Coronavirus

Ducey: 'We Will Be Able To Vaccinate Our Way Out Of This'

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Arizona's COVID-19 numbers are currently quite bad.

More than 10,800 people in the state have died of the virus, and in recent weeks Arizona's infection rate — the number of people infected compared to the population of the state — has regularly ranked highest in the nation. An ASU researcher estimated last week that one in 10 Arizonans currently has COVID-19, whether they know it or not. Leaders from major Valley hospital chains said Wednesday that without relief they will soon face the possibility of deciding who receives care and who doesn't.

This morning, though, Governor Doug Ducey appeared on KTAR 92.3's The Mike Broomhead Show and attempted to downplay the situation.

"Right now at this time, just as we said, we'd have a second wave," Ducey said. "We said we'd have more cases in December and more hospitalizations in January. And that's what we're seeing. So, this too shall pass."

Ducey went on to speculate that a slight dip in the number of inpatient beds being used by COVID-19 patients today signaled that the surge had peaked and cases would begin to go down.

But while the number of hospital beds in use has fluctuated slightly from day to day since cases began to increase again in early October, the overall pattern has been one of a constant climb. Hospital occupancy is currently at record levels, as it has been since early December.

Will Humble, head of the Arizona Public Health Association, tells Phoenix New Times that the number of people hospitalized for COVID-19 is expected to continue to increase through at least next week as the state continues to feel the impact of holiday gatherings. Even if the infection rate flattens, he says, the current levels are unsustainable.

"You're way past the speed limit and you decide, 'We'll hold off at 85 in a 50,'" Humble says. "You're still at high risk of going off the road."

And while it's true that, as Ducey said this morning, a surge was expected in the winter, it was never expected to reach current levels.

“I don’t think any of us expected it to be as bad it is,” said Joshua LaBaer, Arizona State University Biodesign Institute executive director, all the way back in November.

In the KTAR interview, Ducey responded to experts who said that the current vaccine rollout will not be enough to avert the current crisis and more mitigation measures are needed.

"We will be able to vaccinate our way out of this," he said. "The vaccine is the only solution. It is the first solution that has presented itself since January 27 [2020] when we saw the first case. And Arizona is doing it right now as good as any state in the nation and we're going to keep it up."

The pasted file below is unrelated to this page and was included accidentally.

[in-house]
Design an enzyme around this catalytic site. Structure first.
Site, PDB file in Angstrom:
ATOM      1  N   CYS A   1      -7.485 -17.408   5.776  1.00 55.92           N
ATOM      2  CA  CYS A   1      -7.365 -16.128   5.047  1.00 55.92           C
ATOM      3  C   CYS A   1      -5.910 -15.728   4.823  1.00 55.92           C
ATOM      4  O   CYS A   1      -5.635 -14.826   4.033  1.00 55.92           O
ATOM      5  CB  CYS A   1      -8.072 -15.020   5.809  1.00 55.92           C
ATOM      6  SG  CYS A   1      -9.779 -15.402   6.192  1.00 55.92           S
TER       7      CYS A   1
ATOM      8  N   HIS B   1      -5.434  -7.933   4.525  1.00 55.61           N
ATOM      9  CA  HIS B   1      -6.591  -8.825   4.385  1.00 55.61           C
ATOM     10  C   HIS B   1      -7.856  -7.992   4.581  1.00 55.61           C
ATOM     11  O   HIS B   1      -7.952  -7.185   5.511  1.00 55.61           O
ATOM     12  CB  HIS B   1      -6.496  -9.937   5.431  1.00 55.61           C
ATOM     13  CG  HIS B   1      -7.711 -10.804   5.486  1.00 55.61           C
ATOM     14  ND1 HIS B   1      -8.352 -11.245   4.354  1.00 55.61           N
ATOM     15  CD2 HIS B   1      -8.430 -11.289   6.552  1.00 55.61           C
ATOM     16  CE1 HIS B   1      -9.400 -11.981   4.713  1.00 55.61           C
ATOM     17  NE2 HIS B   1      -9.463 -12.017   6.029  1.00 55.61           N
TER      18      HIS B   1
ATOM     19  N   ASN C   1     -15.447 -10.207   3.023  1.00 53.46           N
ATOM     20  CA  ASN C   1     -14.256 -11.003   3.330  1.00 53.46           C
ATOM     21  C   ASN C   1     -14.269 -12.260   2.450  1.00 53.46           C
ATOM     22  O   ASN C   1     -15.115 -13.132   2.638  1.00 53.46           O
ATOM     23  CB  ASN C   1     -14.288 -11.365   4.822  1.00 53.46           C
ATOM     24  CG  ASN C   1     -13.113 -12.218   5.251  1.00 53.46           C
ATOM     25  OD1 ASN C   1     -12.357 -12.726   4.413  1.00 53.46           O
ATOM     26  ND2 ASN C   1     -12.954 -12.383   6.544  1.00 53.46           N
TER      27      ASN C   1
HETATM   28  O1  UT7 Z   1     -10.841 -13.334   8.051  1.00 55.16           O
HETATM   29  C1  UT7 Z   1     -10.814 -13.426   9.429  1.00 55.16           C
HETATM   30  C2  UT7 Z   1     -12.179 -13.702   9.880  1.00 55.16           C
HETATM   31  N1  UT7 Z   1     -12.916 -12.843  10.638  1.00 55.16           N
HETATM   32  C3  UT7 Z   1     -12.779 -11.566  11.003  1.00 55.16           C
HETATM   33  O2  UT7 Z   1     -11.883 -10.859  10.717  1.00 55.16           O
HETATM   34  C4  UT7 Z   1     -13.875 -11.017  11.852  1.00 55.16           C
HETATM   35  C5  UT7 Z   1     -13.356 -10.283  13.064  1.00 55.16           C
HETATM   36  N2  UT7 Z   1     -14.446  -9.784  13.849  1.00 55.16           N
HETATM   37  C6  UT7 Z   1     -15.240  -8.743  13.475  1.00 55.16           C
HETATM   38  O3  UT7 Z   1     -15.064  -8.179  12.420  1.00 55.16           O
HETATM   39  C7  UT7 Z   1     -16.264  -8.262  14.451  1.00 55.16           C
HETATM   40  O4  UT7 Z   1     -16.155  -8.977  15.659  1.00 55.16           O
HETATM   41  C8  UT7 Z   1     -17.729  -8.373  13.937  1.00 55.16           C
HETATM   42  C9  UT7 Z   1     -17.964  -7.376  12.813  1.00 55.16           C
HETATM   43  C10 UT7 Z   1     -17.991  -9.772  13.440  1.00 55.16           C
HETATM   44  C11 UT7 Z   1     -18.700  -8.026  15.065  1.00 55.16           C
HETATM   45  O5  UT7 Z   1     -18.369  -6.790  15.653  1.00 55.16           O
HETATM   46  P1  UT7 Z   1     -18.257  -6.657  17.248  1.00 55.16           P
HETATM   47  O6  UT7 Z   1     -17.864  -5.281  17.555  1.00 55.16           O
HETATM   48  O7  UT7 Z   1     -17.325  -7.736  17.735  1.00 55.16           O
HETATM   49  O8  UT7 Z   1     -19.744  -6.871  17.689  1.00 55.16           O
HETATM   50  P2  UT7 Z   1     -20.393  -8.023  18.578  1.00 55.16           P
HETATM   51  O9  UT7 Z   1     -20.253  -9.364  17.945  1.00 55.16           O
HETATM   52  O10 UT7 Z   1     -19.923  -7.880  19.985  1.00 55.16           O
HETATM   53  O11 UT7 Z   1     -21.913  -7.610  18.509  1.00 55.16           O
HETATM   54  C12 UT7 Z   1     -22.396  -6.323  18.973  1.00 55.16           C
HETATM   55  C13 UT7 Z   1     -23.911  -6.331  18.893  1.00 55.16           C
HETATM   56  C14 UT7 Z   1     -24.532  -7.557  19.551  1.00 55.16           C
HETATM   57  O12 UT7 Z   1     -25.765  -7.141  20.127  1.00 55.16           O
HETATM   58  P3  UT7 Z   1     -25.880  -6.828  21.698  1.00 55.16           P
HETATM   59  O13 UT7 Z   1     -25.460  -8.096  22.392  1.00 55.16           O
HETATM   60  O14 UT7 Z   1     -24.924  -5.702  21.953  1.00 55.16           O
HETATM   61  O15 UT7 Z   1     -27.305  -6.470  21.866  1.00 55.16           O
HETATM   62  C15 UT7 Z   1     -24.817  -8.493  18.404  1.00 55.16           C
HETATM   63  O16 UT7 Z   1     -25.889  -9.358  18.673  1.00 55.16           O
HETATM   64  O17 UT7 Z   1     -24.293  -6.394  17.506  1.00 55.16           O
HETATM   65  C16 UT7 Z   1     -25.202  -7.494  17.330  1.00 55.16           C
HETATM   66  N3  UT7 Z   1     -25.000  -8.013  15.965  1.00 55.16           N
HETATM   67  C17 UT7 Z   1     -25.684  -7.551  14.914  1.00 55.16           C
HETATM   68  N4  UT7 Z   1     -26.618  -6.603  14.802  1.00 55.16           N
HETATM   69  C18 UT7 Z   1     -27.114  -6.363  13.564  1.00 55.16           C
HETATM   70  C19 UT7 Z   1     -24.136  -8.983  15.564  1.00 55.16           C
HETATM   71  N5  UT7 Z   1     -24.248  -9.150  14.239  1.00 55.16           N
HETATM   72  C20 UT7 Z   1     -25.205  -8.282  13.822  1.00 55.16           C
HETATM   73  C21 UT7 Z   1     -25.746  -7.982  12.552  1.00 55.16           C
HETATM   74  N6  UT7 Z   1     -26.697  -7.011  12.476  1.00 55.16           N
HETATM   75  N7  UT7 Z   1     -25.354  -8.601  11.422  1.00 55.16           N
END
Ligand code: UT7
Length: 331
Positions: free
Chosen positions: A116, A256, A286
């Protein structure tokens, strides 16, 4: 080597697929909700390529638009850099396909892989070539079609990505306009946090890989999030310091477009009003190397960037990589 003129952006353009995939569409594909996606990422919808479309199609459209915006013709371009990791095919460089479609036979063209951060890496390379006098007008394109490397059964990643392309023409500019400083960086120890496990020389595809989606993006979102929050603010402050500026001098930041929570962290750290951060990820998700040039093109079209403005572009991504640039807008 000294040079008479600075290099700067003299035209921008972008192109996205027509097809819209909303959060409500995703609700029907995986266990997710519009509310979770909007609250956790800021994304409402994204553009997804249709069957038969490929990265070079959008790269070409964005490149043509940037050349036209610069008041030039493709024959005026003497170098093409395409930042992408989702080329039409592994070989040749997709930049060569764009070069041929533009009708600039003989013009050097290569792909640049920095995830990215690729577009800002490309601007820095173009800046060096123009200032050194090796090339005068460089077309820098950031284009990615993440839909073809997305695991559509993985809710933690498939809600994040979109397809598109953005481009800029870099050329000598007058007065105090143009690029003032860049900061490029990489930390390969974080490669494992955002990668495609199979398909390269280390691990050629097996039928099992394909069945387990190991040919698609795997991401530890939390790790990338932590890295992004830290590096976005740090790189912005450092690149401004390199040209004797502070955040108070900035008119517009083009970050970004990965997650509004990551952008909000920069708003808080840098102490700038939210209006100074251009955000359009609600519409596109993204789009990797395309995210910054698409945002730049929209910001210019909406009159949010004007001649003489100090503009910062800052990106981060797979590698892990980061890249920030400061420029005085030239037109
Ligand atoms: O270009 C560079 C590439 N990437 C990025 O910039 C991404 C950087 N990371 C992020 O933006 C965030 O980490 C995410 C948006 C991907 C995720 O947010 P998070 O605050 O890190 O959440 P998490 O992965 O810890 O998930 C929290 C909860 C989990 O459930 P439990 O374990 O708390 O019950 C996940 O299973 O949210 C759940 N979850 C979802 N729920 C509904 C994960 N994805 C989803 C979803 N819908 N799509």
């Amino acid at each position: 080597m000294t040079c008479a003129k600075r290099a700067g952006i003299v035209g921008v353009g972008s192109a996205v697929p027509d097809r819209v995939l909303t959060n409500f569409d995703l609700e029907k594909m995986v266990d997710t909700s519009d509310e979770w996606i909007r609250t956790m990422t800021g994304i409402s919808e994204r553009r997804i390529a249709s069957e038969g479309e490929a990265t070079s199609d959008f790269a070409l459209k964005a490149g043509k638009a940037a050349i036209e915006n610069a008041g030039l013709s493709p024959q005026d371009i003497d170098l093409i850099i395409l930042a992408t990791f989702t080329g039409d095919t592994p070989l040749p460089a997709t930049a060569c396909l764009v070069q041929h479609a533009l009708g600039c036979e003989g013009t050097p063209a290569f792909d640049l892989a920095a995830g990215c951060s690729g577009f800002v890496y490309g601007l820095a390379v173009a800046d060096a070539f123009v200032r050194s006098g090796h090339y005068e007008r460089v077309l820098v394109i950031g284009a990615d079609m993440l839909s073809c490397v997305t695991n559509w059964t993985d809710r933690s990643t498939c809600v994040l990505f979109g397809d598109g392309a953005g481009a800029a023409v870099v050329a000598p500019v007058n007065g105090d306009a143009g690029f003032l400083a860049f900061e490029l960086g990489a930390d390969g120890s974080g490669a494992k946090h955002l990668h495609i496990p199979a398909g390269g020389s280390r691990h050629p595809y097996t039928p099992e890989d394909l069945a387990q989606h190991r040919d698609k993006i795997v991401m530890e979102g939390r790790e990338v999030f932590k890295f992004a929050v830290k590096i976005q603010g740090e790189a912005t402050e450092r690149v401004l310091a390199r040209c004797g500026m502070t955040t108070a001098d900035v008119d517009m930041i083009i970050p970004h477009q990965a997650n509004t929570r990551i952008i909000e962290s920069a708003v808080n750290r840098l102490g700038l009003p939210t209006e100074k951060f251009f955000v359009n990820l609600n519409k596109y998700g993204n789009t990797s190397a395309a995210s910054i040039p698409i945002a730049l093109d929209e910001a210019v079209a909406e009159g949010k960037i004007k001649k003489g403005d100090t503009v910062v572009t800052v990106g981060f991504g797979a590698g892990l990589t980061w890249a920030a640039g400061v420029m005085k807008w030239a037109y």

Experts have said that it will take months to reach the level of vaccinations needed to achieve herd immunity and end the virus' spread. In the short term, it may be possible to relieve hospital capacity through targeting vulnerable populations, like the elderly, but Humble expects that won't make a difference until next month at the earliest. "There's just going to be a lot of dead people in the meantime," Humble told the Washington Post earlier this month.

Asked last Friday if the state's strategy was to try and vaccinate its way out of the crisis without mitigation, Arizona Department of Health Services head Cara Christ denied that this was the case, pointing out that the state is still enforcing the mitigation measures that remain in place.

Now, it seems the governor has said the quiet part out loud.

Reached by New Times, the governor's spokesperson, C.J. Karamargin, emphasized that while mitigation measures are still in place, the vaccine provides an ultimate solution that they do not.

"It is not the only weapon," Karamargin said of the vaccine, pointing to state requirements for reduced capacity in congregate settings and the mask mandates in major municipalities. He said what is driving the current outbreaks are private gatherings and pointed out that medical professionals had called for personal responsibility as well as more mitigation.

"It doesn't seem enough emphasis is put on the personal responsibility part," he added. (There has been some disagreement on the role that small gatherings play as opposed to restaurants or other public settings.)

Karamargin also pointed out that states that have employed stronger lockdowns than Arizona have also seen surges in cases. "Let's look at what works," he said.

In the radio interview, Ducey echoed the same message, claiming that lockdowns don't affect public health. Personal responsibility is the most effective way to control the virus, said the governor, whose son posted videos of himself at a packed party two weeks ago.

Humble disagreed strongly with the governor's claim that lockdowns don't affect public health.

"That's false," he said. "It's just false. Mitigation works. He's discounting his own intervention in late June."

Humble pointed out that cases dropped precipitously when the governor closed bars, theaters, and other congregate settings for six weeks around the time he allowed local jurisdictions to institute mask mandates.

In the meantime, the governor said the state is focused on providing enough hospital staffing to take care of sick patients. In some ways, this is a return to the governor's message at the beginning of the summer spike in June: COVID-19 cases may be reaching record highs, but at least you can go to the hospital after you get sick.

Listen to the governor's full interview here: